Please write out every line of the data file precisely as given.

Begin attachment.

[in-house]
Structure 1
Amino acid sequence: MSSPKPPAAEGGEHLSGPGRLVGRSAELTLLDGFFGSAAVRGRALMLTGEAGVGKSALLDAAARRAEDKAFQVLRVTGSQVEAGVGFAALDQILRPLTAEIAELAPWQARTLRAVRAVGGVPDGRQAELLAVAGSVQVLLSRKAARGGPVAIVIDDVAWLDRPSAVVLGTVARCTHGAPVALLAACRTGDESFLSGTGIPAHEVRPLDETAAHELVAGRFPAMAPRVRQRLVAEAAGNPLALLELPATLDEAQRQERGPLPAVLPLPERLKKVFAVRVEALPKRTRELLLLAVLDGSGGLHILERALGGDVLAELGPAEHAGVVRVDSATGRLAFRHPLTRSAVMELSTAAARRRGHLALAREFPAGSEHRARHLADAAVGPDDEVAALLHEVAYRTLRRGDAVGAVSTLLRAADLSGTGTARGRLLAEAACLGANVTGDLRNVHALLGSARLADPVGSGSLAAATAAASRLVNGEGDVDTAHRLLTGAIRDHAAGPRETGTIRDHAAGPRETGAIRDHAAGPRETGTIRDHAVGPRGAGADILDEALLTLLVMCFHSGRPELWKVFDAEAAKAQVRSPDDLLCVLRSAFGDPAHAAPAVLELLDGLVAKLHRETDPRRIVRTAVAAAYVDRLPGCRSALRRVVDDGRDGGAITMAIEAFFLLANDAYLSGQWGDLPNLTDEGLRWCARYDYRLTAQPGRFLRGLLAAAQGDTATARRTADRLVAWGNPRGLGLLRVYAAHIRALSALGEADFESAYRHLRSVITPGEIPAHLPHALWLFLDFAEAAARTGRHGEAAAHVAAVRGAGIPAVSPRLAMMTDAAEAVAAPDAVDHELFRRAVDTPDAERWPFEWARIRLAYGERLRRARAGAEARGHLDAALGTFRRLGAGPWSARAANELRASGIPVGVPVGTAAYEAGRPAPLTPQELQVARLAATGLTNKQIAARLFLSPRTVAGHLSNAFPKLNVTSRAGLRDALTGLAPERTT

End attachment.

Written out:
[in-house]
Structure 1
Amino acid sequence: MSSPKPPAAEGGEHLSGPGRLVGRSAELTLLDGFFGSAAVRGRALMLTGEAGVGKSALLDAAARRAEDKAFQVLRVTGSQVEAGVGFAALDQILRPLTAEIAELAPWQARTLRAVRAVGGVPDGRQAELLAVAGSVQVLLSRKAARGGPVAIVIDDVAWLDRPSAVVLGTVARCTHGAPVALLAACRTGDESFLSGTGIPAHEVRPLDETAAHELVAGRFPAMAPRVRQRLVAEAAGNPLALLELPATLDEAQRQERGPLPAVLPLPERLKKVFAVRVEALPKRTRELLLLAVLDGSGGLHILERALGGDVLAELGPAEHAGVVRVDSATGRLAFRHPLTRSAVMELSTAAARRRGHLALAREFPAGSEHRARHLADAAVGPDDEVAALLHEVAYRTLRRGDAVGAVSTLLRAADLSGTGTARGRLLAEAACLGANVTGDLRNVHALLGSARLADPVGSGSLAAATAAASRLVNGEGDVDTAHRLLTGAIRDHAAGPRETGTIRDHAAGPRETGAIRDHAAGPRETGTIRDHAVGPRGAGADILDEALLTLLVMCFHSGRPELWKVFDAEAAKAQVRSPDDLLCVLRSAFGDPAHAAPAVLELLDGLVAKLHRETDPRRIVRTAVAAAYVDRLPGCRSALRRVVDDGRDGGAITMAIEAFFLLANDAYLSGQWGDLPNLTDEGLRWCARYDYRLTAQPGRFLRGLLAAAQGDTATARRTADRLVAWGNPRGLGLLRVYAAHIRALSALGEADFESAYRHLRSVITPGEIPAHLPHALWLFLDFAEAAARTGRHGEAAAHVAAVRGAGIPAVSPRLAMMTDAAEAVAAPDAVDHELFRRAVDTPDAERWPFEWARIRLAYGERLRRARAGAEARGHLDAALGTFRRLGAGPWSARAANELRASGIPVGVPVGTAAYEAGRPAPLTPQELQVARLAATGLTNKQIAARLFLSPRTVAGHLSNAFPKLNVTSRAGLRDALTGLAPERTT